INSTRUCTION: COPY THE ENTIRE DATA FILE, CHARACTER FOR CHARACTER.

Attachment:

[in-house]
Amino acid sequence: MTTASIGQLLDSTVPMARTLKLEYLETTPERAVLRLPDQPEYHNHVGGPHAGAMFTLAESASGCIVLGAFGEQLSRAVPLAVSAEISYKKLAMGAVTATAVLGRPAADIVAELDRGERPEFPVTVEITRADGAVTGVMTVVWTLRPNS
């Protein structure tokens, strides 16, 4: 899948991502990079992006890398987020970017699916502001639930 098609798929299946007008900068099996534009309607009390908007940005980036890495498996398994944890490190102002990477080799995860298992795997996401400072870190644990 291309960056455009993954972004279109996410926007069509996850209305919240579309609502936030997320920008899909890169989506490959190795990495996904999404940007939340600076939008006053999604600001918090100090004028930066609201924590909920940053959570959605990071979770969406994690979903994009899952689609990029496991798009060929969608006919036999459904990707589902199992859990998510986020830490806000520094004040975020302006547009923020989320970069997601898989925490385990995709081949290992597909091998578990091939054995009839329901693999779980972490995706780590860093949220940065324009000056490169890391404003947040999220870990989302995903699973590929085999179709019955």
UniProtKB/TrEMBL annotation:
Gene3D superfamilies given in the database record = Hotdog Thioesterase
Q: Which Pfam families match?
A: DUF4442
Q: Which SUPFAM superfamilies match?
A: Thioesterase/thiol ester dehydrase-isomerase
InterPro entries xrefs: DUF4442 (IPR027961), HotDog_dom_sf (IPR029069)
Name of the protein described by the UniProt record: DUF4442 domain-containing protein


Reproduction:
[in-house]
Amino acid sequence: MTTASIGQLLDSTVPMARTLKLEYLETTPERAVLRLPDQPEYHNHVGGPHAGAMFTLAESASGCIVLGAFGEQLSRAVPLAVSAEISYKKLAMGAVTATAVLGRPAADIVAELDRGERPEFPVTVEITRADGAVTGVMTVVWTLRPNS
């Protein structure tokens, strides 16, 4: 899948991502990079992006890398987020970017699916502001639930 098609798929299946007008900068099996534009309607009390908007940005980036890495498996398994944890490190102002990477080799995860298992795997996401400072870190644990 291309960056455009993954972004279109996410926007069509996850209305919240579309609502936030997320920008899909890169989506490959190795990495996904999404940007939340600076939008006053999604600001918090100090004028930066609201924590909920940053959570959605990071979770969406994690979903994009899952689609990029496991798009060929969608006919036999459904990707589902199992859990998510986020830490806000520094004040975020302006547009923020989320970069997601898989925490385990995709081949290992597909091998578990091939054995009839329901693999779980972490995706780590860093949220940065324009000056490169890391404003947040999220870990989302995903699973590929085999179709019955």
UniProtKB/TrEMBL annotation:
Gene3D superfamilies given in the database record = Hotdog Thioesterase
Q: Which Pfam families match?
A: DUF4442
Q: Which SUPFAM superfamilies match?
A: Thioesterase/thiol ester dehydrase-isomerase
InterPro entries xrefs: DUF4442 (IPR027961), HotDog_dom_sf (IPR029069)
Name of the protein described by the UniProt record: DUF4442 domain-containing protein